Dat-So-La-Lee – Nevada State Historic Marker 77

Dat-So-La-Lee, also known as Louisa Keyser, was a remarkable Native American basket weaver born around 1829 in the Washoe tribe territory near Carson City, Nevada. She is renowned for her exceptional craftsmanship and intricate designs, which elevated Washoe basketry to an art form admired worldwide. Dat-So-La-Lee’s grave is the subject of Nevada State Historical Marker 77, located in Carson City, Nevada.

Photo courtesy North Lake Tahoe Historical Society Dat So La Lee created baskets of willow, using a three rod coiling technique. Many of her baskets were degikup baskets, that start with a small circular base, then coils outward to a larger circumference, twining back in to a top about the same size as the bottom.

Growing up in a traditional Washoe community, Dat-So-La-Lee learned the ancient art of basket weaving from her mother and grandmother, who were esteemed weavers themselves. From a young age, she displayed a natural talent and a keen eye for detail, quickly mastering the intricate techniques of her ancestors.

Throughout her life, Dat-So-La-Lee dedicated herself to perfecting her craft, spending countless hours gathering materials from the surrounding landscape and weaving them into exquisite baskets. She incorporated traditional Washoe designs and motifs, often inspired by nature, into her work, infusing each piece with cultural significance and symbolism.

Dat-So-La-Lee’s baskets gained widespread recognition for their exceptional quality and beauty. They were sought after by collectors and enthusiasts from around the world, with some of her pieces fetching high prices at auctions and exhibitions. Her reputation as a master weaver grew steadily, cementing her legacy as one of the greatest Native American basket makers of her time.

Despite facing numerous challenges and hardships throughout her life, including the encroachment of settlers on traditional Washoe lands and the decline of traditional basketry practices, Dat-So-La-Lee remained steadfast in her dedication to her craft. She continued to weave until late in her life, preserving and revitalizing Washoe basketry traditions for future generations.

Dat-So-La-Lee’s legacy endures to this day, not only through her exquisite baskets but also through the influence she had on subsequent generations of Native American basket weavers. Her work has been celebrated in museums and galleries worldwide, serving as a testament to the rich cultural heritage of the Washoe people and the enduring power of artistic expression.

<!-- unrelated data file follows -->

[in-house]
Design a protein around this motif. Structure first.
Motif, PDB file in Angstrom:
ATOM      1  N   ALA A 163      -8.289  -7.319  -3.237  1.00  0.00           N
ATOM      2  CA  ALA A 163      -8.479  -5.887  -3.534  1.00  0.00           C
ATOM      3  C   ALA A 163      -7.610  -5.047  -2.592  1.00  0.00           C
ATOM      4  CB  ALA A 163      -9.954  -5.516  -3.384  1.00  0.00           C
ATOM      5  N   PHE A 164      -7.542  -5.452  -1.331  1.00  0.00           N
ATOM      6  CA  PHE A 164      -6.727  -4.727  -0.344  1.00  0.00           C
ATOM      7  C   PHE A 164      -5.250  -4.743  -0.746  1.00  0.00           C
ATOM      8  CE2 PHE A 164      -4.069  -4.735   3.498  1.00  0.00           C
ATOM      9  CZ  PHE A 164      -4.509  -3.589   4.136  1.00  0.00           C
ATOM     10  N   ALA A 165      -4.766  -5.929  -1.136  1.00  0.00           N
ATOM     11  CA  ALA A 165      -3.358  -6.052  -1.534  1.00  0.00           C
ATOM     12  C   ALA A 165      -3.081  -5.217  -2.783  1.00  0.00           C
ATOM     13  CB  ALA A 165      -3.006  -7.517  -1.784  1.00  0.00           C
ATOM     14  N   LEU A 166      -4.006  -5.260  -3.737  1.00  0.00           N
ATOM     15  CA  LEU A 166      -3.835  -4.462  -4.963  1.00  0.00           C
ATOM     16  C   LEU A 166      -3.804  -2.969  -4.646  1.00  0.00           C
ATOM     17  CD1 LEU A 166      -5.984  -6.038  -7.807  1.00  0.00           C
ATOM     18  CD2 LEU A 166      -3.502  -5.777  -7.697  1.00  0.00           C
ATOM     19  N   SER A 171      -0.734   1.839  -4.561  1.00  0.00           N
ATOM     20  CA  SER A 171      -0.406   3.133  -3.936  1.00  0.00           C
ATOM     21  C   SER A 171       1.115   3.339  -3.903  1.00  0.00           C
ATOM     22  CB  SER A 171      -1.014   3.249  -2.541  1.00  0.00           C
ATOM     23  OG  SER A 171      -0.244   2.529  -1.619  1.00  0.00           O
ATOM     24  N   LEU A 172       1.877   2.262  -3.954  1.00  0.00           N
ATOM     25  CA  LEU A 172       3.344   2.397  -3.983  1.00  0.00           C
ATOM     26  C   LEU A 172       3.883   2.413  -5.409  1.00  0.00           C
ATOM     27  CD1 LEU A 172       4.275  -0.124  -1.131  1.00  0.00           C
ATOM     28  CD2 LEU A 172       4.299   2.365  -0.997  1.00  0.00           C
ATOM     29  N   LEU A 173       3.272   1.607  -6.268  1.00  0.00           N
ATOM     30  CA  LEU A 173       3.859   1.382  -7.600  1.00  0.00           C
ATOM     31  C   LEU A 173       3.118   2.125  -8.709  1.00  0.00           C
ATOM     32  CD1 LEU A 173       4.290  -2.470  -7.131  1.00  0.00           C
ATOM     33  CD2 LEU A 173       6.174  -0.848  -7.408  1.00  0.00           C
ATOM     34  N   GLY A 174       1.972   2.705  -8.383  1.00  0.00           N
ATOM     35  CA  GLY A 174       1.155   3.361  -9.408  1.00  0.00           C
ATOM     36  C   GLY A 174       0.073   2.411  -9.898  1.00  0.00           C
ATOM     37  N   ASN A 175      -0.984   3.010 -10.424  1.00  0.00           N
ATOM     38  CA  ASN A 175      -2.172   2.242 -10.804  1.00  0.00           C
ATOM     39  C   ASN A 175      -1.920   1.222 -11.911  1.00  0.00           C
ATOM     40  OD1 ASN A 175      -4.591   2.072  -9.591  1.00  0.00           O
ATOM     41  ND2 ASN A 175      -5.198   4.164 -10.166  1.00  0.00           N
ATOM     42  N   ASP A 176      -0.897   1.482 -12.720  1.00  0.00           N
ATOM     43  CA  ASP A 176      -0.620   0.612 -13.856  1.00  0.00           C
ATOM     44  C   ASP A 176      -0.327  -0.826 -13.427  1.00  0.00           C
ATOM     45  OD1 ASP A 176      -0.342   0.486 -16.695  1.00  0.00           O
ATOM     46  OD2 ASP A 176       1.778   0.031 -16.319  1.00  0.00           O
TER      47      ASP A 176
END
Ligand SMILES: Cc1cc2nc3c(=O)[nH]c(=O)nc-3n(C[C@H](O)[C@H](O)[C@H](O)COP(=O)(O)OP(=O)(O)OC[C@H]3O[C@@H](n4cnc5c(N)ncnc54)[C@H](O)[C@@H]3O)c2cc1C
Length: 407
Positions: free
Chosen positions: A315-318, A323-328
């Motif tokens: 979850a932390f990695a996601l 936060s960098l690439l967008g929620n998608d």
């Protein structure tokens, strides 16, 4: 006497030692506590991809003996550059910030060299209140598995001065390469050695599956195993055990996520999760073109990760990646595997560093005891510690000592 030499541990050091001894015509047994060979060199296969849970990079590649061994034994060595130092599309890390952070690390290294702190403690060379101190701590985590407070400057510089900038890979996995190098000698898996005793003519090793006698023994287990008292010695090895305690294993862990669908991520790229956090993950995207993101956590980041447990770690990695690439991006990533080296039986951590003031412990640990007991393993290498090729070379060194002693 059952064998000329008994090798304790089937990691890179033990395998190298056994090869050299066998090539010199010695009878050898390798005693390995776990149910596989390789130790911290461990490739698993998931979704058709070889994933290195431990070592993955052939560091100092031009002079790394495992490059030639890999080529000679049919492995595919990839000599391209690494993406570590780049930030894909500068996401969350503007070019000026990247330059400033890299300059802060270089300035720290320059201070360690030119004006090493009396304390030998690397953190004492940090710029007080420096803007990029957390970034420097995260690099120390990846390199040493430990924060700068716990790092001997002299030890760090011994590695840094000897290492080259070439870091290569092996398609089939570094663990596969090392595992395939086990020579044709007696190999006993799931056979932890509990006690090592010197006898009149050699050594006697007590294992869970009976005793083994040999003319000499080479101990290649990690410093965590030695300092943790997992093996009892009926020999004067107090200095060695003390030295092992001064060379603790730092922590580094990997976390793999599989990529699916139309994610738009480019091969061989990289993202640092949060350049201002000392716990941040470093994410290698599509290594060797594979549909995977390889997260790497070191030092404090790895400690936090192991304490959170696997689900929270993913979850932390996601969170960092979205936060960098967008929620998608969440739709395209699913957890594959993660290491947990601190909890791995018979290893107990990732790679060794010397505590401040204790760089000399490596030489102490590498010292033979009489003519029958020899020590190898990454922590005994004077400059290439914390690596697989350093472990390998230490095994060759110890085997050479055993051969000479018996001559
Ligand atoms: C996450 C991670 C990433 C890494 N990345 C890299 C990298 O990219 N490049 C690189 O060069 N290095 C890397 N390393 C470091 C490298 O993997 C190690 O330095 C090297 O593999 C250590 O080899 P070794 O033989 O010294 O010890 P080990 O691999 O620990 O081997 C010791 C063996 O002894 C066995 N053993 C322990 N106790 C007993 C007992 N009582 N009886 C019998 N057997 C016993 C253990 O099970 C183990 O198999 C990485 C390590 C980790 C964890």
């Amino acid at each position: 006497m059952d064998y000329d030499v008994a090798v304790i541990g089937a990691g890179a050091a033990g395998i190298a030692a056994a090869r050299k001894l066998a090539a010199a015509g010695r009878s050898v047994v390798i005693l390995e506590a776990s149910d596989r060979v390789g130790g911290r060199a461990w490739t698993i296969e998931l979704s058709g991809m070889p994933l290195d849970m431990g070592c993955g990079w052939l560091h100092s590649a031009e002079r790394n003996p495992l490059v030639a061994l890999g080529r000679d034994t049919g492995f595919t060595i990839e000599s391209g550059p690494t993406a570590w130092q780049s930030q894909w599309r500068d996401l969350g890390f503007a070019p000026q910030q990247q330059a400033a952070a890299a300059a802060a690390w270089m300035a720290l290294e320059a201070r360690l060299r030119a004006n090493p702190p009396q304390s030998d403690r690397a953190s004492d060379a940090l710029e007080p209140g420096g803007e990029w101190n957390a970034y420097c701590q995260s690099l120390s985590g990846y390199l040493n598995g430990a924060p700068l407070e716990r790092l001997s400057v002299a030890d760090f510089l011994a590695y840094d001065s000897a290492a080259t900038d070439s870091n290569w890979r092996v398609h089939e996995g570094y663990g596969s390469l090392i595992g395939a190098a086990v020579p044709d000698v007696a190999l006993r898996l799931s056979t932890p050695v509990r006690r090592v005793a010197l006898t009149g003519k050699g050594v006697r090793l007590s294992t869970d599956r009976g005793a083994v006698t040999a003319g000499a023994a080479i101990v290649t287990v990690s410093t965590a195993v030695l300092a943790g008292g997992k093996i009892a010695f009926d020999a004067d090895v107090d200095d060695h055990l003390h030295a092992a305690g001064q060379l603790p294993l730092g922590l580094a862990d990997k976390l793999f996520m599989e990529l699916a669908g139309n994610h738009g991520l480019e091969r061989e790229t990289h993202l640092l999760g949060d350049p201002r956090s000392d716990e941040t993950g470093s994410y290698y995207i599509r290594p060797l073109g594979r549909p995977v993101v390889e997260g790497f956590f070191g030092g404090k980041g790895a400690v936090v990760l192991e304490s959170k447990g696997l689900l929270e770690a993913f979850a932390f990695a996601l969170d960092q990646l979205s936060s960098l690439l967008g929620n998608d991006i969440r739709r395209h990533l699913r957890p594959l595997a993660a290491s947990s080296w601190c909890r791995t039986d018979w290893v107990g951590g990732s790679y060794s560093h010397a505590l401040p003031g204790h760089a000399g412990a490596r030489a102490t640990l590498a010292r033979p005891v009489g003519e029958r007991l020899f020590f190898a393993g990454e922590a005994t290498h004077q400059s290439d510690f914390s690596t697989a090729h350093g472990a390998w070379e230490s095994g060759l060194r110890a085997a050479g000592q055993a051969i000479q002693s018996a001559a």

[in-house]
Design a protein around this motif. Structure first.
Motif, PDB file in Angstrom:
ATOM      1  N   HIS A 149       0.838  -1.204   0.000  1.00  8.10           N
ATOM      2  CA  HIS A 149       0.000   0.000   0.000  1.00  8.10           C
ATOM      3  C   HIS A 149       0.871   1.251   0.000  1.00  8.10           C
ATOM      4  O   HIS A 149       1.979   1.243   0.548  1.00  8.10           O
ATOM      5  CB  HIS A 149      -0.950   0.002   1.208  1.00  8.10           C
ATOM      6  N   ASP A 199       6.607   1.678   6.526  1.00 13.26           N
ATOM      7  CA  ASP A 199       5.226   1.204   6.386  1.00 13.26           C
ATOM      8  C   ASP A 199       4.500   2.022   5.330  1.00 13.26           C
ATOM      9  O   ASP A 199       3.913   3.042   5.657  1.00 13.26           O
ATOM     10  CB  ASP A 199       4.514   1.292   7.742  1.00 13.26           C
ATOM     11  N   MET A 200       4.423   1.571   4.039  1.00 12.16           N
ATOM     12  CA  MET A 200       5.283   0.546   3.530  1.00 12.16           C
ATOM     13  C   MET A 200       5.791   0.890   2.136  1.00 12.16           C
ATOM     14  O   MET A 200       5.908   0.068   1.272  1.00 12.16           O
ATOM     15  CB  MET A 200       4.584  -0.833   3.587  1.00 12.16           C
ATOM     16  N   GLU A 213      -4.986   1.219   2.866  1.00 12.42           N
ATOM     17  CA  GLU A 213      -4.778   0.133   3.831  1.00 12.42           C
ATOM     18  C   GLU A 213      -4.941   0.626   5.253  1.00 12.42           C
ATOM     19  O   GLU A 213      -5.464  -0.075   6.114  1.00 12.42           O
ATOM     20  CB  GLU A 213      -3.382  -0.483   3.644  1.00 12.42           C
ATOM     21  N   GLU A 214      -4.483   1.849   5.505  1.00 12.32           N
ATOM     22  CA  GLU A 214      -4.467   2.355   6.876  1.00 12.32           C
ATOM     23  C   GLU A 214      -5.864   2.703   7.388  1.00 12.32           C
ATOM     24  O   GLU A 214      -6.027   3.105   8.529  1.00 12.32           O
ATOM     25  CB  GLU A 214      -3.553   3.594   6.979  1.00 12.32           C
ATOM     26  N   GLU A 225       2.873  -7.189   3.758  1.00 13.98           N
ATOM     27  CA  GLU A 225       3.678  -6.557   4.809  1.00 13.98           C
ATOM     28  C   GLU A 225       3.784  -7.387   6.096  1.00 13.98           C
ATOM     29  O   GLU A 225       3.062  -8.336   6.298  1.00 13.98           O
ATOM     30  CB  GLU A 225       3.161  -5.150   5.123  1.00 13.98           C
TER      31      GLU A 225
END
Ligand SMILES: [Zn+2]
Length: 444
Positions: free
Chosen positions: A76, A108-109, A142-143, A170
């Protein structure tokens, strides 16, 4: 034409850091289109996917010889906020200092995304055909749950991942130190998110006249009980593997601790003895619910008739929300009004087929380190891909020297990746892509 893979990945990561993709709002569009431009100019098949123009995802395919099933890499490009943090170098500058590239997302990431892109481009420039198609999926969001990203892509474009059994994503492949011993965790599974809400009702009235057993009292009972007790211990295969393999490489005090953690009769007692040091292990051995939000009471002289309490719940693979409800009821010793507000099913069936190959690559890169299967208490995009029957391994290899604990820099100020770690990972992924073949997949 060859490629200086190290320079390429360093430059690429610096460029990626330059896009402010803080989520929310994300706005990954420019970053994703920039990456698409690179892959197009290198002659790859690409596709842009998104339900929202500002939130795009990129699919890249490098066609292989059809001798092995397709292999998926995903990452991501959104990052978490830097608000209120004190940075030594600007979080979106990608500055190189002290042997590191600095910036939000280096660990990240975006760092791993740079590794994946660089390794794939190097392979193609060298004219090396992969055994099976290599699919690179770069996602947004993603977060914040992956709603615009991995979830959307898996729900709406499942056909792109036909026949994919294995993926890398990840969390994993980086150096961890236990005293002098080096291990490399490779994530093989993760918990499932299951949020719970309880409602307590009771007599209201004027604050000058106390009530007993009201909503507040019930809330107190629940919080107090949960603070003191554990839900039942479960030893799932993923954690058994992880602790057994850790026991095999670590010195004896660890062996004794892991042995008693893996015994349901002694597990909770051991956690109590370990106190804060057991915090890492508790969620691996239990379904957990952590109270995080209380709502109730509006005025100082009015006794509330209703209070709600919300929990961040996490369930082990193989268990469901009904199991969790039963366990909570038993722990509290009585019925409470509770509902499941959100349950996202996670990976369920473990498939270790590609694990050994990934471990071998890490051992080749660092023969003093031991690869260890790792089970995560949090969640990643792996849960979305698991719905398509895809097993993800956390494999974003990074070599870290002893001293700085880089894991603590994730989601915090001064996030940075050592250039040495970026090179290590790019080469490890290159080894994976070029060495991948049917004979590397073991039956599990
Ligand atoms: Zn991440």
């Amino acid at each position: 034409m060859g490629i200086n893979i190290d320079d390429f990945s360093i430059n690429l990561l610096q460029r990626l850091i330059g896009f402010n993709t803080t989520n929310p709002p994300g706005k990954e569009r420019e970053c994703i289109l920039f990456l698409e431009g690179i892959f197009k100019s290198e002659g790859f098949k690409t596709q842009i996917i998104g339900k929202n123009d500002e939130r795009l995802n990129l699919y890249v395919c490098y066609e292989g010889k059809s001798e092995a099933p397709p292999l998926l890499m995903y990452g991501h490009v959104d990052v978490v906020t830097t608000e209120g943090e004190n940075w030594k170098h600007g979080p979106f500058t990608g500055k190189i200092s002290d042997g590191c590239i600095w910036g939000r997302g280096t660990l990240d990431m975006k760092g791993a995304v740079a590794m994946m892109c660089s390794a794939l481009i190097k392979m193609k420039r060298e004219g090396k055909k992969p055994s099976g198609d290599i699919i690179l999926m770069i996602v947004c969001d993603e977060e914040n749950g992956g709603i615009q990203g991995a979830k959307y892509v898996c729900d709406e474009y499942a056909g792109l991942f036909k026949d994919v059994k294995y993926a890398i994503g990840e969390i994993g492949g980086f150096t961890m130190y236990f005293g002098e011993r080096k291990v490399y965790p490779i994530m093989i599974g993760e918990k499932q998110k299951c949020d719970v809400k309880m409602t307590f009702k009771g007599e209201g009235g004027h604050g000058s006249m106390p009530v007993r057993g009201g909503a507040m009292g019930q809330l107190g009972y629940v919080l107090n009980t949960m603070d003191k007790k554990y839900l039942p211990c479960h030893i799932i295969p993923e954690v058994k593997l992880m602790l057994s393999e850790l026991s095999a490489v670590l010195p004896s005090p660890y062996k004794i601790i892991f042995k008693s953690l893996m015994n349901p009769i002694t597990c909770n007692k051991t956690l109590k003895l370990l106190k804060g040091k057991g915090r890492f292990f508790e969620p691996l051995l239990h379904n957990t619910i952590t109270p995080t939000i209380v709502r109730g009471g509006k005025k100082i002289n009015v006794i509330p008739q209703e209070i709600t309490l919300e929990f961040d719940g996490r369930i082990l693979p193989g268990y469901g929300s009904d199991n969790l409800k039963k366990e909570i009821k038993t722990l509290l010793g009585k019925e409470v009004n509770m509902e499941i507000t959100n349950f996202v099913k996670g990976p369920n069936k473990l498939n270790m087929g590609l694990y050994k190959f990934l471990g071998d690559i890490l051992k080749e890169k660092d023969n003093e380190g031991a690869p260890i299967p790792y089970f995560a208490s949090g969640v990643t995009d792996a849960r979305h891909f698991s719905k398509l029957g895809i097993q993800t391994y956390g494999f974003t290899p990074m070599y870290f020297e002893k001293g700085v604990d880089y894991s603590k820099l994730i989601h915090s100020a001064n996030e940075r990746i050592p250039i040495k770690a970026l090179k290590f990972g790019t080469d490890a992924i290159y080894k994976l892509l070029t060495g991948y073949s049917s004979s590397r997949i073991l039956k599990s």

Nevada State Historic Marker 77


Famed Washoe basket maker, Datsolalee, is buried in this cemetery along with many other Washoe weavers.  Also known as Louisa Keyser.  Dat So La Lee, and Dabuda, over 120 of her major documented baskets were made expressly for sale to Arts and Crafts collectors from 1895 until her death in 1925 under patronage of the Cohn family.  Datsolalee’s baskets are prized by collectors and displayed in museums across the country.

Utilitarian, straight-walled, decorated coiled willow basketry is a Washoe tradition extending back thousands of years.  Datsolalee brought international fame to the spherical Washoe degikup willow basket and highlighted the form with innovative decorative motifs in bracken fern and redbud Fibers.  She and her patrons promoted this craft to the public, elevated it to an art form, and, most importantly, motivated basketry production by other tribal members during a period when the Washoe were recovering from mid-nineteenth- century loss of their homelands and aboriginal life ways.


Nevada State Historic Marker 77 Map

Nevada State Historic Marker 77 Summary

LocationCarson City, Nevada
Longitude, Latitude39.1181, -119.7545
Nevada State Historical Marker77

Nevada State Historical Markers identify significant places of interest in Nevada’s history. The Nevada State Legislature started the program in 1967 to bring the state’s heritage to the public’s attention with on-site markers. These roadside markers bring attention to the places, people, and events that make up Nevada’s heritage. They are as diverse as the counties they are located within and range from the typical mining boom and bust town to the largest and most accessible petroglyph sites in Northern Nevada Budget cuts to the program caused the program to become dormant in 2009. Many of the markers are lost or damaged.


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